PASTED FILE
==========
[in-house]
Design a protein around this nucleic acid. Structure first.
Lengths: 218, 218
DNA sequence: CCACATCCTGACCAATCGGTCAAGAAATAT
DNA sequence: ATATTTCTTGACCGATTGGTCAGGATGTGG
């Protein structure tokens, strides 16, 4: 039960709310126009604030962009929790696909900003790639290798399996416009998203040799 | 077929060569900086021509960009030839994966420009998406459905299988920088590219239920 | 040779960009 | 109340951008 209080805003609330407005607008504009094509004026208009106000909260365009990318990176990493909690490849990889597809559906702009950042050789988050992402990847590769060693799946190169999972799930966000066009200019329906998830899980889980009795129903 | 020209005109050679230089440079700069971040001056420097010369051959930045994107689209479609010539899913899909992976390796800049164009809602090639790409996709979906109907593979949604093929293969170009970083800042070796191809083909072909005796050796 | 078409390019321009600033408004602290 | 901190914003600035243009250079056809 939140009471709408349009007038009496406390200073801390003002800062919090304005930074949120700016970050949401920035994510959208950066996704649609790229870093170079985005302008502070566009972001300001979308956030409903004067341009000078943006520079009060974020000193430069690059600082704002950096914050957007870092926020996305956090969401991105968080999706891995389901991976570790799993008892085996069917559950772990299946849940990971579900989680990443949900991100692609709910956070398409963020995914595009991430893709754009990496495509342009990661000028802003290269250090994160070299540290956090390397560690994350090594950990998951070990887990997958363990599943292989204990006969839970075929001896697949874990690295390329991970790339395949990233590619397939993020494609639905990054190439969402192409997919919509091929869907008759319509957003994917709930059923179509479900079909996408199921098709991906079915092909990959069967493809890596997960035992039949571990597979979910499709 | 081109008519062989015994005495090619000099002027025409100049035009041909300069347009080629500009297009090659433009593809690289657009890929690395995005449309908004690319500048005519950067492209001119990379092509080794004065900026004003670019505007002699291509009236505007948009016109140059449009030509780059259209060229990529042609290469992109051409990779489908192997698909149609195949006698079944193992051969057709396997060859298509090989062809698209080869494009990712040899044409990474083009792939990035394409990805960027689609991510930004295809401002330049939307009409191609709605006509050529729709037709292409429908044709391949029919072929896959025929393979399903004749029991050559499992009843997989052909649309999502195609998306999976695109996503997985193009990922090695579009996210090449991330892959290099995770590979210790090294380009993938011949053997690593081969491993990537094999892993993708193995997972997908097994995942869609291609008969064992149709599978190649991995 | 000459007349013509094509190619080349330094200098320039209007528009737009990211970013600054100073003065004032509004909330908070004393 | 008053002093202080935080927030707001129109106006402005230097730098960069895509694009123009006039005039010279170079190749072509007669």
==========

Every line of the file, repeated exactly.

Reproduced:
[in-house]
Design a protein around this nucleic acid. Structure first.
Lengths: 218, 218
DNA sequence: CCACATCCTGACCAATCGGTCAAGAAATAT
DNA sequence: ATATTTCTTGACCGATTGGTCAGGATGTGG
């Protein structure tokens, strides 16, 4: 039960709310126009604030962009929790696909900003790639290798399996416009998203040799 | 077929060569900086021509960009030839994966420009998406459905299988920088590219239920 | 040779960009 | 109340951008 209080805003609330407005607008504009094509004026208009106000909260365009990318990176990493909690490849990889597809559906702009950042050789988050992402990847590769060693799946190169999972799930966000066009200019329906998830899980889980009795129903 | 020209005109050679230089440079700069971040001056420097010369051959930045994107689209479609010539899913899909992976390796800049164009809602090639790409996709979906109907593979949604093929293969170009970083800042070796191809083909072909005796050796 | 078409390019321009600033408004602290 | 901190914003600035243009250079056809 939140009471709408349009007038009496406390200073801390003002800062919090304005930074949120700016970050949401920035994510959208950066996704649609790229870093170079985005302008502070566009972001300001979308956030409903004067341009000078943006520079009060974020000193430069690059600082704002950096914050957007870092926020996305956090969401991105968080999706891995389901991976570790799993008892085996069917559950772990299946849940990971579900989680990443949900991100692609709910956070398409963020995914595009991430893709754009990496495509342009990661000028802003290269250090994160070299540290956090390397560690994350090594950990998951070990887990997958363990599943292989204990006969839970075929001896697949874990690295390329991970790339395949990233590619397939993020494609639905990054190439969402192409997919919509091929869907008759319509957003994917709930059923179509479900079909996408199921098709991906079915092909990959069967493809890596997960035992039949571990597979979910499709 | 081109008519062989015994005495090619000099002027025409100049035009041909300069347009080629500009297009090659433009593809690289657009890929690395995005449309908004690319500048005519950067492209001119990379092509080794004065900026004003670019505007002699291509009236505007948009016109140059449009030509780059259209060229990529042609290469992109051409990779489908192997698909149609195949006698079944193992051969057709396997060859298509090989062809698209080869494009990712040899044409990474083009792939990035394409990805960027689609991510930004295809401002330049939307009409191609709605006509050529729709037709292409429908044709391949029919072929896959025929393979399903004749029991050559499992009843997989052909649309999502195609998306999976695109996503997985193009990922090695579009996210090449991330892959290099995770590979210790090294380009993938011949053997690593081969491993990537094999892993993708193995997972997908097994995942869609291609008969064992149709599978190649991995 | 000459007349013509094509190619080349330094200098320039209007528009737009990211970013600054100073003065004032509004909330908070004393 | 008053002093202080935080927030707001129109106006402005230097730098960069895509694009123009006039005039010279170079190749072509007669």